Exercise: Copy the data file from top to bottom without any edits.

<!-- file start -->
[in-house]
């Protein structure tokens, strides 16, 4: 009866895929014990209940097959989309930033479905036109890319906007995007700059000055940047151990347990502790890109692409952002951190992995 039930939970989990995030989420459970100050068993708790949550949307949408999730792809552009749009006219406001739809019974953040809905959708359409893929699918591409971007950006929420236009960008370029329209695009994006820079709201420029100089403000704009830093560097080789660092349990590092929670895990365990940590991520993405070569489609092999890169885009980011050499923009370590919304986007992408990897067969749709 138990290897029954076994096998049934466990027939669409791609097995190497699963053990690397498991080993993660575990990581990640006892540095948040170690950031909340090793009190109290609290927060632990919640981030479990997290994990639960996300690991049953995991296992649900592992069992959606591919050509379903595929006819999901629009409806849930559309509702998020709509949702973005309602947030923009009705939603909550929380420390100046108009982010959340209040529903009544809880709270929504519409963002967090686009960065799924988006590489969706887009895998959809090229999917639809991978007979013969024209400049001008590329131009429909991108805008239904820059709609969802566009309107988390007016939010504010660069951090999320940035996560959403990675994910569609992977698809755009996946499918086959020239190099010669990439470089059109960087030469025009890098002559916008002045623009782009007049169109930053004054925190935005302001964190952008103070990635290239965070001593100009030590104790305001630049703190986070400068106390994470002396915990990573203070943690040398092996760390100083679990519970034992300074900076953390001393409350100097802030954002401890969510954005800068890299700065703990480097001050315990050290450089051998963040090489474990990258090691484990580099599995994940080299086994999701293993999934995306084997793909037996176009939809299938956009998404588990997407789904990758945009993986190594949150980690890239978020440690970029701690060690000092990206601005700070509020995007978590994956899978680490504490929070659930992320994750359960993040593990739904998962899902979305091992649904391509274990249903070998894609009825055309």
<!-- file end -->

[in-house]
């Protein structure tokens, strides 16, 4: 009866895929014990209940097959989309930033479905036109890319906007995007700059000055940047151990347990502790890109692409952002951190992995 039930939970989990995030989420459970100050068993708790949550949307949408999730792809552009749009006219406001739809019974953040809905959708359409893929699918591409971007950006929420236009960008370029329209695009994006820079709201420029100089403000704009830093560097080789660092349990590092929670895990365990940590991520993405070569489609092999890169885009980011050499923009370590919304986007992408990897067969749709 138990290897029954076994096998049934466990027939669409791609097995190497699963053990690397498991080993993660575990990581990640006892540095948040170690950031909340090793009190109290609290927060632990919640981030479990997290994990639960996300690991049953995991296992649900592992069992959606591919050509379903595929006819999901629009409806849930559309509702998020709509949702973005309602947030923009009705939603909550929380420390100046108009982010959340209040529903009544809880709270929504519409963002967090686009960065799924988006590489969706887009895998959809090229999917639809991978007979013969024209400049001008590329131009429909991108805008239904820059709609969802566009309107988390007016939010504010660069951090999320940035996560959403990675994910569609992977698809755009996946499918086959020239190099010669990439470089059109960087030469025009890098002559916008002045623009782009007049169109930053004054925190935005302001964190952008103070990635290239965070001593100009030590104790305001630049703190986070400068106390994470002396915990990573203070943690040398092996760390100083679990519970034992300074900076953390001393409350100097802030954002401890969510954005800068890299700065703990480097001050315990050290450089051998963040090489474990990258090691484990580099599995994940080299086994999701293993999934995306084997793909037996176009939809299938956009998404588990997407789904990758945009993986190594949150980690890239978020440690970029701690060690000092990206601005700070509020995007978590994956899978680490504490929070659930992320994750359960993040593990739904998962899902979305091992649904391509274990249903070998894609009825055309």